15.1. When the general provision applies

Date Published

When the Act and Regulations set a time in which to perform an act or file a document, that time can frequently be extended upon request.  In some cases the procedure for requesting an extension is set out in the legislation.  If it is not, a request for an extension can be made under the general provision for an extension of time in section 224 unless the act or document has been listed (prescribed) in reg.21.28 as one to which section 224 does not apply. 

Note:  Refer to paragraph 2 of this Part for detailed information about “prescribed acts” and extensions of time.

The acts to which section 224 does apply are known as “relevant acts” and are described in subsection 224(8) as being:

  • any act (other than a prescribed act) done in relation to a trade mark; or
  • the filing of any document (other than a prescribed document); or
  • any proceedings (other than court proceedings).

The relevant act for which an extension of time under section 224 is most commonly required is the acceptance of a trade mark application for possible registration.  The period allowed for the application to be accepted is generally 15 months from the date of the first examination report (reg 4.12(1) but that period can be extended at the applicant’s request for a total of 6 months.

If the period has already been extended by 6 months and the applicant needs more time, they must apply for an extension of time under section 224 (see note 2 to reg 4.12).  The applicant also needs to resort to section 224 if fewer than 6 months have been allowed but it failed to ask for an extension before the acceptance date had passed (see note 1 to reg 4.12).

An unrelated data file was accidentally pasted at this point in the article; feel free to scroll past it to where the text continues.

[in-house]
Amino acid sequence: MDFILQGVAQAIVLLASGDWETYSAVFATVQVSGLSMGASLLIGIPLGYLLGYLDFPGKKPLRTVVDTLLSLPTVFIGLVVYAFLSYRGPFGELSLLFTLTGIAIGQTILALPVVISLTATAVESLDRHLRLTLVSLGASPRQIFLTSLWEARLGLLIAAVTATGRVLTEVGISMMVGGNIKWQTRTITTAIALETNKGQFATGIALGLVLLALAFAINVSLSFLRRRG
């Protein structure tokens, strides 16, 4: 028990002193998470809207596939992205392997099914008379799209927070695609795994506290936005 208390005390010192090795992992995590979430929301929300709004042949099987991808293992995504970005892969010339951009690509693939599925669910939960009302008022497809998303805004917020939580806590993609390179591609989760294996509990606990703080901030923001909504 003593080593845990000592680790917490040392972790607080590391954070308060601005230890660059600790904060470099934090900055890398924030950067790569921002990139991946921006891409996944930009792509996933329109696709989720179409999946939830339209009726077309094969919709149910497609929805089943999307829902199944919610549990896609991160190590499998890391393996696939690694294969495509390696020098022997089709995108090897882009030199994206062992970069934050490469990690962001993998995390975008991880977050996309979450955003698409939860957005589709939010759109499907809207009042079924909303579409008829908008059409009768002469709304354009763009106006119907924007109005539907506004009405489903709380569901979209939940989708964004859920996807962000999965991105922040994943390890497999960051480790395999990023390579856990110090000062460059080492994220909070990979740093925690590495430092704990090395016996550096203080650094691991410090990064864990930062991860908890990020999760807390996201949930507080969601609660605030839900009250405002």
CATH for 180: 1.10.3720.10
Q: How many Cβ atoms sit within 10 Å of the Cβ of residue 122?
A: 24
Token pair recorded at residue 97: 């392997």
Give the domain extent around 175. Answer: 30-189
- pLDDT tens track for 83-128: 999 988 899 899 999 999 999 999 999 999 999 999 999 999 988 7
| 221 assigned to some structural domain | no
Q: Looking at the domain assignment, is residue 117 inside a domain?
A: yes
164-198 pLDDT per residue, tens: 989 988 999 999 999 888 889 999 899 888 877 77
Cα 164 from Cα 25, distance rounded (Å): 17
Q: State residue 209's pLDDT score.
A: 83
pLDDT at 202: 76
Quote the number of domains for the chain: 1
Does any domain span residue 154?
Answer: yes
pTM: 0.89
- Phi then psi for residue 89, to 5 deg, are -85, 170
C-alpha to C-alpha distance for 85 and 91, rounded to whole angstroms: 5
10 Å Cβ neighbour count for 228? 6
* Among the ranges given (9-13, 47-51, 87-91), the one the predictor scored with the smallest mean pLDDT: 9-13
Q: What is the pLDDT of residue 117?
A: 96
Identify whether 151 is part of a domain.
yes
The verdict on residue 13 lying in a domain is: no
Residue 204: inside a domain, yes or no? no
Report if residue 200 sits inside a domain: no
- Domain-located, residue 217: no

Some of the other more common relevant acts for which an extension of time under the general provision applies include:


The general provision of subsection 224(1) requires the Registrar to grant additional time for doing a relevant act when the additional time is needed because of an error or omission on the part of a trade marks employee.

Section 204 provides for the Registrar to perform actions (which are not otherwise limited as to time) as soon as is practicable. The Trade Marks Office endeavours to reply within four weeks to an applicant's response to an examiner's report. If a reply is not provided in that time the examiner will acknowledge and apologise for the delay.

If the delay occurs when the application is within the prescribed 15 month period the examiner will indicate to the applicant that they may make a request close to the lapsing date for an extension of time equivalent to the delay. The Registrar may give consideration to such a request but note that approval of a free extension of time will not be the automatic result of any delay.

A delay in responding to an applicant’s submission may not always constitute error or omission requiring extension of time. Delays occurring early in the 15 month period are unlikely to have any impact on the applicant’s ability to finalise the application within the significant period of time that remains. In these cases, the examiner will make it clear that no extension of time will be made available at the end of the 15 month period.

The Registrar may grant free extensions of time within the initial six month extension period under the provisions of s224.  However, these free extensions of time will not extend the initial extension period past 21 months from the date of issue of the first report (or from the date of issue of a further adverse report raising new grounds for rejecting the application under paragraph 4.12(1)(a) of the Regulations). That is, once the 21 month date is reached, even if this happens because free extensions of time have been previously granted, the applicant must apply for any further extensions of time under the general provisions.

Note: The basic unit used for extending time is one calendar month. Therefore, if the Registrar decides to compensate for a delay of one week after the four weeks reply period allowed (see above), this would result in a free extension of one calendar month being given.

Amended Reasons

Amended Reason Date Amended

Terminology updated to reflect legislative changes.

Update hyperlinks

Update hyperlinks

Back to top